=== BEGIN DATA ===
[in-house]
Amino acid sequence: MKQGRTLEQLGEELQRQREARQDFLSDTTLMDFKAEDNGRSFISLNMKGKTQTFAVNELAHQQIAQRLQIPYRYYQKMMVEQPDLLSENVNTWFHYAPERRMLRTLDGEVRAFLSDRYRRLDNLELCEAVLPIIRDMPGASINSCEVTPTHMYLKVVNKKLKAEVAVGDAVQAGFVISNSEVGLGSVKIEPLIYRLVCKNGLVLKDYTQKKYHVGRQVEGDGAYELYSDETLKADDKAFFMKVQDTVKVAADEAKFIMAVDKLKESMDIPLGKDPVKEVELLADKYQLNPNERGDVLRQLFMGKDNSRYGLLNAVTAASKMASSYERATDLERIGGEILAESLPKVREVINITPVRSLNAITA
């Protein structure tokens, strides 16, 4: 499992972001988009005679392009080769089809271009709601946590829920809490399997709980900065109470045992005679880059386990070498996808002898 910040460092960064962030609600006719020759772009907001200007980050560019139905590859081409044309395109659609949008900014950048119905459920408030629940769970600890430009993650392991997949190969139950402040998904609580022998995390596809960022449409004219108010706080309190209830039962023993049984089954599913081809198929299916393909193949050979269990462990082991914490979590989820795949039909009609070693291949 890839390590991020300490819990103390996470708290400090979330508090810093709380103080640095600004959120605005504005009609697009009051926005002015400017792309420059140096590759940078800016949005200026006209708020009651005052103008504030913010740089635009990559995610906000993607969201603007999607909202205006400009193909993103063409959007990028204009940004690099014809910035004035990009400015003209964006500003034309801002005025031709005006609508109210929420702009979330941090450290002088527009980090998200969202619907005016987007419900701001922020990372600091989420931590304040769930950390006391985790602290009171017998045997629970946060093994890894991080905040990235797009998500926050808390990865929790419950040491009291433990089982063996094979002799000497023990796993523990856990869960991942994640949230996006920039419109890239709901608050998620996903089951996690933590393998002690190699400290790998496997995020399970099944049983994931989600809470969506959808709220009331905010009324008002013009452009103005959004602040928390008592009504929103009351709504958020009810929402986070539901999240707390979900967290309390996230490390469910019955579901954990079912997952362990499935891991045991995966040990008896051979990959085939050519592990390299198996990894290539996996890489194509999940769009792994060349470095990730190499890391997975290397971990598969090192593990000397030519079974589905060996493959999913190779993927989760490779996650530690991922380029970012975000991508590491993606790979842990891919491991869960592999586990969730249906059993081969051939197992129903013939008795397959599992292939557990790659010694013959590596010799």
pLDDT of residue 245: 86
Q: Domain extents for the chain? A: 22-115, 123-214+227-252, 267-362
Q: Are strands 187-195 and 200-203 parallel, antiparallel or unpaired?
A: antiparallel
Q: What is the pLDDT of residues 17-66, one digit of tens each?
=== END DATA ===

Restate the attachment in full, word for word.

[in-house]
Amino acid sequence: MKQGRTLEQLGEELQRQREARQDFLSDTTLMDFKAEDNGRSFISLNMKGKTQTFAVNELAHQQIAQRLQIPYRYYQKMMVEQPDLLSENVNTWFHYAPERRMLRTLDGEVRAFLSDRYRRLDNLELCEAVLPIIRDMPGASINSCEVTPTHMYLKVVNKKLKAEVAVGDAVQAGFVISNSEVGLGSVKIEPLIYRLVCKNGLVLKDYTQKKYHVGRQVEGDGAYELYSDETLKADDKAFFMKVQDTVKVAADEAKFIMAVDKLKESMDIPLGKDPVKEVELLADKYQLNPNERGDVLRQLFMGKDNSRYGLLNAVTAASKMASSYERATDLERIGGEILAESLPKVREVINITPVRSLNAITA
């Protein structure tokens, strides 16, 4: 499992972001988009005679392009080769089809271009709601946590829920809490399997709980900065109470045992005679880059386990070498996808002898 910040460092960064962030609600006719020759772009907001200007980050560019139905590859081409044309395109659609949008900014950048119905459920408030629940769970600890430009993650392991997949190969139950402040998904609580022998995390596809960022449409004219108010706080309190209830039962023993049984089954599913081809198929299916393909193949050979269990462990082991914490979590989820795949039909009609070693291949 890839390590991020300490819990103390996470708290400090979330508090810093709380103080640095600004959120605005504005009609697009009051926005002015400017792309420059140096590759940078800016949005200026006209708020009651005052103008504030913010740089635009990559995610906000993607969201603007999607909202205006400009193909993103063409959007990028204009940004690099014809910035004035990009400015003209964006500003034309801002005025031709005006609508109210929420702009979330941090450290002088527009980090998200969202619907005016987007419900701001922020990372600091989420931590304040769930950390006391985790602290009171017998045997629970946060093994890894991080905040990235797009998500926050808390990865929790419950040491009291433990089982063996094979002799000497023990796993523990856990869960991942994640949230996006920039419109890239709901608050998620996903089951996690933590393998002690190699400290790998496997995020399970099944049983994931989600809470969506959808709220009331905010009324008002013009452009103005959004602040928390008592009504929103009351709504958020009810929402986070539901999240707390979900967290309390996230490390469910019955579901954990079912997952362990499935891991045991995966040990008896051979990959085939050519592990390299198996990894290539996996890489194509999940769009792994060349470095990730190499890391997975290397971990598969090192593990000397030519079974589905060996493959999913190779993927989760490779996650530690991922380029970012975000991508590491993606790979842990891919491991869960592999586990969730249906059993081969051939197992129903013939008795397959599992292939557990790659010694013959590596010799």
pLDDT of residue 245: 86
Q: Domain extents for the chain? A: 22-115, 123-214+227-252, 267-362
Q: Are strands 187-195 and 200-203 parallel, antiparallel or unpaired?
A: antiparallel
Q: What is the pLDDT of residues 17-66, one digit of tens each?